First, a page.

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Springer Semin Immunopathol. 2006 Aug;28(1):41-50. Epub 2006 Jul 28.

Regulatory T cells in microbial infection.

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Instituto Gulbenkian de Ciência, Rua da Quinta Grande #6, Apartado 14, 2781-901, Oeiras, Portugal.


Natural T regulatory cells (NatTReg) limit immunopathology and protective immune responses induced upon microbial infection. In addition, infection increases the number and activity of NatTReg. These findings need to be conciliated with the process of 'self-nonself' discrimination based on the function of NatTReg committed intrathymically and positively selected (and activated) on thymic epithelial cells. A review of the available evidence comforts the assumptions that, in physiological conditions, NatTReg engaged in the immune responses to microbial infections are drawn from the autoreactive repertoire even if some may appear to be microbe specific. This contention also provides a suitable explanation for the 'hygiene hypothesis': infections re-enforce the physiological mechanisms of natural dominant tolerance, through the expansion of naturally occurring regulatory T cells. Accumulating evidence demonstrates that pro-inflammatory ligands of Toll-like receptors expressed by NatTReg, both of microbial (e.g., lipopolysaccharide, flagellin, peptidoglycans) and endogenous (e.g., stress proteins and degradation products of the extracellular matrix) origin, may play a critical role in their activation and expansion. As NatTReg vigorously respond to IL-2/IL-15 locally produced by ongoing effector responses, this whole set of mechanisms provides for a robust feedback process that limits tissue damage and accounts for an 'organism-centered' quality control of immune responses. Detailed knowledge on these molecular and cellular bases should open novel opportunities for intervention in a variety of critical conditions, such as autoimmunity, allergy, chronic infections, and cancer, for which we currently lack effective therapies.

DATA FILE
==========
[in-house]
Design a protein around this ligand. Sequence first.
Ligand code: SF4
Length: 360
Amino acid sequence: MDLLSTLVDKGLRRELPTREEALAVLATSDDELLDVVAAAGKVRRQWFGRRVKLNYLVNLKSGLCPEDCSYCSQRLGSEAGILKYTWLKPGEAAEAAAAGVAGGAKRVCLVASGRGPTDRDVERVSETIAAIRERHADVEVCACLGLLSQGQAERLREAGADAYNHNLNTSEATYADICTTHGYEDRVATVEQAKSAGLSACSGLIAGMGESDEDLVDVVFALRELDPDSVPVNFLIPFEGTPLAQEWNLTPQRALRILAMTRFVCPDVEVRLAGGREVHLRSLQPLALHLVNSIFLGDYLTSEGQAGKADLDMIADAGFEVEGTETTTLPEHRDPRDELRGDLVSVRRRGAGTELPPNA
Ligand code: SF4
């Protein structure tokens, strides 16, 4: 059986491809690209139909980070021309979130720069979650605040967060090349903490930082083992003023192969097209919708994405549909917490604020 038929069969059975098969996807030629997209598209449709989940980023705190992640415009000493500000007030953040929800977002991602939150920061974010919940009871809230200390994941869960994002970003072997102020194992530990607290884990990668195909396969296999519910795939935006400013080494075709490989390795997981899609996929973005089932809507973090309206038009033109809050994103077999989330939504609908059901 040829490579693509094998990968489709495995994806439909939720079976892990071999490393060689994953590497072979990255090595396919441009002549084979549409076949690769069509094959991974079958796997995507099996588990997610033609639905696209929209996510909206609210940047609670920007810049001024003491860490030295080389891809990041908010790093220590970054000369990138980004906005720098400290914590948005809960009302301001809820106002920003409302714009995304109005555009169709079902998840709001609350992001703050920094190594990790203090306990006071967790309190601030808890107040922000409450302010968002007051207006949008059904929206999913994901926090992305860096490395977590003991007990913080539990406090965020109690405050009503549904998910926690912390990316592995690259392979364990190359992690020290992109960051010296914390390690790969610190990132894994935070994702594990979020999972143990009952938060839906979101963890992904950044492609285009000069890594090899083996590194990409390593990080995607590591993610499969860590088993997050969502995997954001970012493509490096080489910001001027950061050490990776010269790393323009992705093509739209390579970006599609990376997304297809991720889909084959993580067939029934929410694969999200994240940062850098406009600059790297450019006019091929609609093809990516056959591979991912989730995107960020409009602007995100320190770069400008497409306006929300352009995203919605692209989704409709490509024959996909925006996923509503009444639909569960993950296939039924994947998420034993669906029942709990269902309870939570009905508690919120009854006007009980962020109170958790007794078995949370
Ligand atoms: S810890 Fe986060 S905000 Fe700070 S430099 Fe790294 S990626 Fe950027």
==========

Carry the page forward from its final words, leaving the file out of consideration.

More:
[Indexed for MEDLINE]

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